Keeping the Airwaves Free of Charge

By: Scott James

In these days of ever increasing charges for this service and for that service, increasing cable TV bills and so on it is refreshing to be reminded that there are actually available free alternatives to all of this, if you know where to look.

If you know where to look is the key phrase here and then also if you also know to get access to them.

Sounds great doesn’t it but to those who are of the firm belief that there is no such thing as a free lunch then you are partly correct in that as in all things there is indeed a cost but in this case the key thing is that the costs in this case are very rarely born by the consumer. That’s you and I folks and isn’t that great news?

OK, before we get too excited about this whole concept of free viewing to be honest there is always a small charge somewhere along the way and this varies from service to service. In the United Kingdom, the cost of the major Terrestrial or Free to View stations such as the BBC is paid for directly out of the TV License fee that every consumer has to have. In the US, for users to have PBS there are sometimes “voluntary donations” that are requested.

Free-to-air (FTA) is often used for international TV Broadcasting and a good analogy would be to consider Free-to-air as Televisions equivalent to shortwave radio.

FTA is usually delivered to the consumer via Satellite television but in some cases and in various parts of the world it can be delivered via encrypted digital terrestrial television channels where it is broadcast on either UHF or VHF bands.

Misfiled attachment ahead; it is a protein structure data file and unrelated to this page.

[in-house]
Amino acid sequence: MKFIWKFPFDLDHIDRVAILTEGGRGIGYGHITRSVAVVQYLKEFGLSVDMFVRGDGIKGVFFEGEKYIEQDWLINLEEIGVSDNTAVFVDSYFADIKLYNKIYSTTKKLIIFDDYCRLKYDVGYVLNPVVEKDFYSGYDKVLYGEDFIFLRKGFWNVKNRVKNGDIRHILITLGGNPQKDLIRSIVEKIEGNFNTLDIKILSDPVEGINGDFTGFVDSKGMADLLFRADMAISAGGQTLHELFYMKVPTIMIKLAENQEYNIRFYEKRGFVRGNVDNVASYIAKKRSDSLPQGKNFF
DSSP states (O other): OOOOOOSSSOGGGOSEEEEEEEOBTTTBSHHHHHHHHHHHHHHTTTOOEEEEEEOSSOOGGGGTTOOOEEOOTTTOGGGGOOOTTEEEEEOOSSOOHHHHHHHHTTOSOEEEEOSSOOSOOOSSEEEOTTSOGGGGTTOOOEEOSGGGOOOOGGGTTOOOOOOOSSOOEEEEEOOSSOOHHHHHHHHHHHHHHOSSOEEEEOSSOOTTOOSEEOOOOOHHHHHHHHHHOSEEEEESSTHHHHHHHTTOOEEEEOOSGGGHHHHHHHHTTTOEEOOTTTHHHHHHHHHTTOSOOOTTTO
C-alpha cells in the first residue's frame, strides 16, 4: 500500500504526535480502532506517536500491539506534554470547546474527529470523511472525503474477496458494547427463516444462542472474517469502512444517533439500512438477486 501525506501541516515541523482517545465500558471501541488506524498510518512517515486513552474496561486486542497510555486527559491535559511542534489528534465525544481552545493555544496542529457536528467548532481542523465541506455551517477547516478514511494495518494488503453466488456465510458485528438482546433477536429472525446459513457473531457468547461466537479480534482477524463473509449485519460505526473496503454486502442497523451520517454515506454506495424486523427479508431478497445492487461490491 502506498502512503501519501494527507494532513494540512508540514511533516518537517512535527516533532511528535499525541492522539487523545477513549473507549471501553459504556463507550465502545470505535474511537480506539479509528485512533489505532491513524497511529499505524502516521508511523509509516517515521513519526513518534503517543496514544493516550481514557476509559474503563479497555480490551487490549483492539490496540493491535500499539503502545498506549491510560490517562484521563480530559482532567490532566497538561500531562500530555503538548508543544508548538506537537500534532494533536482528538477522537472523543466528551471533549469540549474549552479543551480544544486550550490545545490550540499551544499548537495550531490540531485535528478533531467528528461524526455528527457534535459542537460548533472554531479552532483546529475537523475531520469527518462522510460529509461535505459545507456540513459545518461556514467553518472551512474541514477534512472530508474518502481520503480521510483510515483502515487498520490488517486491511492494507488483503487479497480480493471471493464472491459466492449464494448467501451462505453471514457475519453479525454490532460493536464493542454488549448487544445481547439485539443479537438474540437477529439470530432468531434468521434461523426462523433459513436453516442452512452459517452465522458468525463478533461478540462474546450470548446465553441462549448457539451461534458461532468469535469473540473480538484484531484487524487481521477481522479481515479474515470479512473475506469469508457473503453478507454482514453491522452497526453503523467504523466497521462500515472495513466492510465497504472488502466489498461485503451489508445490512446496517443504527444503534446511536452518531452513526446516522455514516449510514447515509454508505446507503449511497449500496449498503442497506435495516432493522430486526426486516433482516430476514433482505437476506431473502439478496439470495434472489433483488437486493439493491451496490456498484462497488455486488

Though in a lot of cases it would appear that cable or conventional satellite television has the market sown up, free-to-air satellite TV is a viable alternative for use in locations where terrestrial over-the-air reception is poor. This usually the case in large rural areas where the digital coverage may be patchy due to the technical fact that most digital broadcasts tend to be low power and therefore coverage outside of the main urban areas tends to be slightly “low on juice” so to speak.

Now all of this is starting to sound extremely technical with mention of this band and that, encryption etc and if you are like me, the kiss of death when it comes to either installing systems like this or trying to understand them then don’t worry help is at hand.

I could at this point insert a shameless plug for an independent service that reviews free-to-air receivers but the best thing to do in this case I would suggest is to follow the links at the bottom of this article.

You don’t necessarily have to get an expert in to set up your own setup at home. You can set up your own FTA set up, it is not beyond the scope of the most technically minded individuals but it helps if you know what you are looking for and have the right equipment at hand. On this point for further information then follow the links below for independent advice and help.

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Scott James writes about a number of Internet based issues such as FTA articles and FTA news. A keen proponent of all aspects of free and independent services available, he advises clients to look at the whole mix of online services available.

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